Socialization In The Time Of Corona 

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How do I Socialize my Dog During Covid-19?


Chicago pet parents, old and new, are worried about socializing their fur babies during COVID-19. How do you balance safety while trying to make sure that your dog has enough socialization time? Rover-Time would like to offer a few tips for Chicago-land doggy owners looking for answers.

Socialization without contact? 

Good news! It’s still possible to work on your dog’s socialization skills, even in no-contact situations. It’s important to work on socialization with your dog, even under these circumstances, because when a dog isn’t exposed to new experiences, they can regress and you might have to start at square one. Socialization doesn’t just mean being around other people and dogs. It can involve your dog having interesting experiences and seeing new and different places and objects. If you have some extra time on your hands, you can grab your dog and some treats and get started! 

It’s all about the treats 

Treats are going to be your best friend while practicing social skills with your pup. On your walk, keep an eye out for potential triggers: bicycles, loud noises, kids, and of course, other dogs. Notice how your dog reacts when they see something arousing or scary. If they see another dog and react calmly, immediately praise and give a treat. You want to help associate whatever they are looking at with something good, like chicken treats. 

How do I know if my dog is distressed?

If your dog starts to tense up or bark, and a treat isn’t distracting them, you are probably too close to whatever is triggering their reaction. Look out for small signs that your dog is uncomfortable: turning their head away, staring, pinning their ears back against the head, etc. If you are able to catch the smaller signals that your dog is feeling reactive, you might be able to keep them from escalating to barking or lunging.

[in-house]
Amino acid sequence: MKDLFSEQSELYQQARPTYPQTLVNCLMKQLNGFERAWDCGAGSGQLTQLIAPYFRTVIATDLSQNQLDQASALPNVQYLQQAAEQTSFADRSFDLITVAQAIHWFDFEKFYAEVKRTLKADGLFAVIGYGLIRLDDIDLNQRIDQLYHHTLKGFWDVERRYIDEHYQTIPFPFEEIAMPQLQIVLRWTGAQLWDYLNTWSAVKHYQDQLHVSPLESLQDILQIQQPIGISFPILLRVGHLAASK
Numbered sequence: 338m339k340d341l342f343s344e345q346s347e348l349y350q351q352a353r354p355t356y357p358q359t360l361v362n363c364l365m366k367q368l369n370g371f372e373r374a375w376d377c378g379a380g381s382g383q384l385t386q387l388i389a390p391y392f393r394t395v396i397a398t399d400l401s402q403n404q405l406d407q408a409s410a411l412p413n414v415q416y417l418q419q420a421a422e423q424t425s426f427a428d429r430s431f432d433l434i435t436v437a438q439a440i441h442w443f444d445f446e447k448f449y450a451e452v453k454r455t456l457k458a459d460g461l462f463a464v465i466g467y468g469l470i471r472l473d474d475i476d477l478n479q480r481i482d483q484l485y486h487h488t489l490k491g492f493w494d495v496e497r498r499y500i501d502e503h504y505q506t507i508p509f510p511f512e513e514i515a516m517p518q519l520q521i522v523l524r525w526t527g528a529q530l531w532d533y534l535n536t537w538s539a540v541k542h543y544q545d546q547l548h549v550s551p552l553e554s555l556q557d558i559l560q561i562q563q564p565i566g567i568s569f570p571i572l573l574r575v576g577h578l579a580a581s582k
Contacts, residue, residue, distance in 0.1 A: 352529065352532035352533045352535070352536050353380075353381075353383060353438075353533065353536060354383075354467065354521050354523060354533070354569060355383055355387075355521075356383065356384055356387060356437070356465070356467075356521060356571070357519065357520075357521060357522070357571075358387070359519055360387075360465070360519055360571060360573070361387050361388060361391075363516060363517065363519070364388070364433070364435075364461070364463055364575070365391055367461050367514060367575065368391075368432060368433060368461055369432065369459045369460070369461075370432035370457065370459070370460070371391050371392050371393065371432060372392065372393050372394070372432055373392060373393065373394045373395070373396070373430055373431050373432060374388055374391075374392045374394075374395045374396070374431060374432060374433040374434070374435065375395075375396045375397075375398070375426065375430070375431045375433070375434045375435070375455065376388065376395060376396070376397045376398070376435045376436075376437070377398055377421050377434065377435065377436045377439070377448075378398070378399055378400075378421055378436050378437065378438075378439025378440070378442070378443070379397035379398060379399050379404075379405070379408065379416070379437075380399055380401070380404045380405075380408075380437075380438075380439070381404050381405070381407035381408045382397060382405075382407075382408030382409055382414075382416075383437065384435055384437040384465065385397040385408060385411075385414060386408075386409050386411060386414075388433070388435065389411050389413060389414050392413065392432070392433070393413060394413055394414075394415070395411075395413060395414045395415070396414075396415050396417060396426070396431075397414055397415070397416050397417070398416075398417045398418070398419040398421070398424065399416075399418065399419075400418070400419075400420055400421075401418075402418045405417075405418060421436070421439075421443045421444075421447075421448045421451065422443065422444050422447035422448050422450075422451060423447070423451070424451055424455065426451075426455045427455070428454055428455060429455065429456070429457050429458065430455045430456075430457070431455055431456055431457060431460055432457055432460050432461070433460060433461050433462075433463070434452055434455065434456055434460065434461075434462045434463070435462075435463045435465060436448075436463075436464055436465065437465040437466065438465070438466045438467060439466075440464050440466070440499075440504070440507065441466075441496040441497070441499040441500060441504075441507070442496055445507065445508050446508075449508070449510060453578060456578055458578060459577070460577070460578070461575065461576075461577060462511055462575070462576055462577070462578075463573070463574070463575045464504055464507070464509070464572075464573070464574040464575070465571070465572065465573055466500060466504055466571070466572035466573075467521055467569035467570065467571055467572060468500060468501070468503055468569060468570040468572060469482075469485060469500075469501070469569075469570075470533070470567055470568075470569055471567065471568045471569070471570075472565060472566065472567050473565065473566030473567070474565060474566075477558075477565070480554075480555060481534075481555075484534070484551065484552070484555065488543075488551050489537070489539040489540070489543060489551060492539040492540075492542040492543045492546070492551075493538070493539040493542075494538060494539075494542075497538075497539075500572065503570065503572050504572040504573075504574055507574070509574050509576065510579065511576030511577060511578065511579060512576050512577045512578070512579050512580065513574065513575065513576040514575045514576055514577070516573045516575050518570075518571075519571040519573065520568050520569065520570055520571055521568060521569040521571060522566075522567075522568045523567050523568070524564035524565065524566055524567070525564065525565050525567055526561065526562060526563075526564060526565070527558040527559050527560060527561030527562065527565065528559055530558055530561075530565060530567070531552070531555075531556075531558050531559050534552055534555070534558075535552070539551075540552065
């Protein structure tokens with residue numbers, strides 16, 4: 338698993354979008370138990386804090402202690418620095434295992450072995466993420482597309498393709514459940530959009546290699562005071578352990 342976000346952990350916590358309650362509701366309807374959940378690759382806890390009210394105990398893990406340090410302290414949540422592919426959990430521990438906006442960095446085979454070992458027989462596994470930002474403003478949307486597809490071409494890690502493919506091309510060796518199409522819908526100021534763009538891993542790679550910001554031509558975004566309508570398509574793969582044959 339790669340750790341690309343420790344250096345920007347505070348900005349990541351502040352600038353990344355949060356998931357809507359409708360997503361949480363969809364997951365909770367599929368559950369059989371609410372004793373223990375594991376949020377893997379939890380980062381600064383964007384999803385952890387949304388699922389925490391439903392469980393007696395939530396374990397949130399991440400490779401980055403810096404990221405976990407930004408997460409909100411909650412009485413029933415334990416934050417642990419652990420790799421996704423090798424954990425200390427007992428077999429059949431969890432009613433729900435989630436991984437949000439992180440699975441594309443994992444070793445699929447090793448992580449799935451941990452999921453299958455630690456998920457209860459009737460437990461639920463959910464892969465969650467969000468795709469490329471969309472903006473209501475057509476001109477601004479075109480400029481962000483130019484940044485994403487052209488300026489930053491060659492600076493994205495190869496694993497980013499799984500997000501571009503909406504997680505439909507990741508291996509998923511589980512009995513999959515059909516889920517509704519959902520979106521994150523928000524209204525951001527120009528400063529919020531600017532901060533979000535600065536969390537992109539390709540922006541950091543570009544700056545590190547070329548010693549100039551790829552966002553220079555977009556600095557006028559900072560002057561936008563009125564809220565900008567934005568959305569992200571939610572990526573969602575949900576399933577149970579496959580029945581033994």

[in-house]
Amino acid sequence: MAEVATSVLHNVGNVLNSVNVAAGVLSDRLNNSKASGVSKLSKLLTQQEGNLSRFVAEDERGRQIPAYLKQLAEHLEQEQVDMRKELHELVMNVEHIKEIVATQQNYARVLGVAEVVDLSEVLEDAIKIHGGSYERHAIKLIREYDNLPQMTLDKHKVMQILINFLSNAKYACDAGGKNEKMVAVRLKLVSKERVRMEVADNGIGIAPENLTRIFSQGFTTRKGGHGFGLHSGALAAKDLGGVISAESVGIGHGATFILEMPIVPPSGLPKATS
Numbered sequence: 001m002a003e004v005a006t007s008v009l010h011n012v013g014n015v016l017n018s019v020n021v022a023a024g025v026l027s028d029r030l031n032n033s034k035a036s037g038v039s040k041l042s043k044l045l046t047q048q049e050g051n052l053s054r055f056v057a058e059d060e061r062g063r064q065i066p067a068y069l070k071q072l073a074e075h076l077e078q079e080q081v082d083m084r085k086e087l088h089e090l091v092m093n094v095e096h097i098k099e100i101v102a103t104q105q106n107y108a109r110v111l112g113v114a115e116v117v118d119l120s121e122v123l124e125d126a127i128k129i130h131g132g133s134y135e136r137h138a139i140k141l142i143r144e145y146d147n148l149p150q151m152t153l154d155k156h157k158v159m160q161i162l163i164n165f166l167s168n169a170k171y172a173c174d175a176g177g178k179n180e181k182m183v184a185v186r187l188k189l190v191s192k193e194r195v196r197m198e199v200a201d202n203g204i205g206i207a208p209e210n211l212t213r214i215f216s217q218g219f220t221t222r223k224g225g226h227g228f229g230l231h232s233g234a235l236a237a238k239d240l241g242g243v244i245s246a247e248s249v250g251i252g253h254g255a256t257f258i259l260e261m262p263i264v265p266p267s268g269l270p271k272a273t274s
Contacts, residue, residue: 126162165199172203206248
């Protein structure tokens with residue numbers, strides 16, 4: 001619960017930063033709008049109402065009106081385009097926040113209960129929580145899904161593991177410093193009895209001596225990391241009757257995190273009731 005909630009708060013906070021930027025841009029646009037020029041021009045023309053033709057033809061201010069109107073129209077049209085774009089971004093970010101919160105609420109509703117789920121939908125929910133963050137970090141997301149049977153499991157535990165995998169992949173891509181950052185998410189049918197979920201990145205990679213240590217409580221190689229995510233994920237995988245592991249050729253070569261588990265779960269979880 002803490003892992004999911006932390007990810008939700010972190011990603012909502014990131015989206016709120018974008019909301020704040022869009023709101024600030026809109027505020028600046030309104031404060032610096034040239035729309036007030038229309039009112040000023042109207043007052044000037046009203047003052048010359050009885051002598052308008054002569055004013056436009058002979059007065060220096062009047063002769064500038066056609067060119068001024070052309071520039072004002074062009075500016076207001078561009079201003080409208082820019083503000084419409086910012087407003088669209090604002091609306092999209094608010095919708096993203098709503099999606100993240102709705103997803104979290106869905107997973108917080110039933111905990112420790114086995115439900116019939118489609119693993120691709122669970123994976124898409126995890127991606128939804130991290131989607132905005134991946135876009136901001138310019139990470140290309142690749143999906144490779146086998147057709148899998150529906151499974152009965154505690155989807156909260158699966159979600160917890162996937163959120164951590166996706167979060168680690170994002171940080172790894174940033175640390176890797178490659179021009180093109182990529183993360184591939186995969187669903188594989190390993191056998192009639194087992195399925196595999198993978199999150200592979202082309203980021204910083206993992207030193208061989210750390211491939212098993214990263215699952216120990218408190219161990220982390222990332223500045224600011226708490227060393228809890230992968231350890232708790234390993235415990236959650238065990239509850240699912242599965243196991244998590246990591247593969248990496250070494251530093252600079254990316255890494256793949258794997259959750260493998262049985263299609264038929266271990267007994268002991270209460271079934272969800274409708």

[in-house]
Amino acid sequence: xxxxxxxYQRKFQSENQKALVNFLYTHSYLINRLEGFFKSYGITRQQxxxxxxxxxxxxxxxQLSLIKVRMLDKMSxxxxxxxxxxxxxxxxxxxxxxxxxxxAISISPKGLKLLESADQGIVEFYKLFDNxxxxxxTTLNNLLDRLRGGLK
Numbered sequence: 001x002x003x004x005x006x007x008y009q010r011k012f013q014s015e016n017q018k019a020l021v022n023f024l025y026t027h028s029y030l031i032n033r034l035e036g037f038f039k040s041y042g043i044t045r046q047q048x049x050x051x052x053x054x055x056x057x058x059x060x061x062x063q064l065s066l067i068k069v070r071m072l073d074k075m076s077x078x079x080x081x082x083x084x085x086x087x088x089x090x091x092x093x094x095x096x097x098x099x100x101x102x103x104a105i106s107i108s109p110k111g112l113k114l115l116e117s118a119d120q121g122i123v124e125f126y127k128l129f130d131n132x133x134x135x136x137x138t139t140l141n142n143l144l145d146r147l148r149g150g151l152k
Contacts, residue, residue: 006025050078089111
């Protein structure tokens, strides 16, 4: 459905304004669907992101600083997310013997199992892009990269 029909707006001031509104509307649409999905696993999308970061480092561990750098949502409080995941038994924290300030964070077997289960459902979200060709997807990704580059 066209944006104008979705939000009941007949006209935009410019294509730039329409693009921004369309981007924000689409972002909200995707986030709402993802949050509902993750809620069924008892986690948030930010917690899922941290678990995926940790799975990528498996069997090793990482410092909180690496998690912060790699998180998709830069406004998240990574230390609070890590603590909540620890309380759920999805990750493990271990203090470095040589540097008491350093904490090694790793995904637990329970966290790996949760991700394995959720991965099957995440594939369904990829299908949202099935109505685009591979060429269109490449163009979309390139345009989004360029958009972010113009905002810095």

Oh no! A surprise

What happens if you and your dog are surprised? For example, you may hear a loud noise or a dog coming too close. Remember that you have to react calmly. Dogs are very perceptive, and if you start to tense up, they will suspect that they are in danger. Talk soothingly to your dog, treat liberally, and move away from whatever is creating the distraction. 

Staying calm while staying in

There is work you can do to help your dog, even in the house. If your dog freaks out every time you vacuum, work slowly on getting your dog used to the vacuum while off, making sure to treat when they are able to be near the vacuum without reacting. You can increase the difficulty of this task by moving the vacuum (while still off) and treating if they stay calm. Try recording the sound of the vacuum on and play that noise until the dog is used to the sound. 

You got this

Socialization is harder during COVID, but it’s not impossible. There are still plenty of ways to work on this important skill with your fur baby! 

 

Zoe Sjogerman is the North-East manager for Rover-Time and has been part of the RT team for four years. When she isn’t walking dogs she is the executive director of Avalanche Theatre and an avid book reader. She lives in the north-side of Chicago with her fiance. Although she doesn’t have a pet of her own, she loves getting to walk pups all over the Chicagoland area. 

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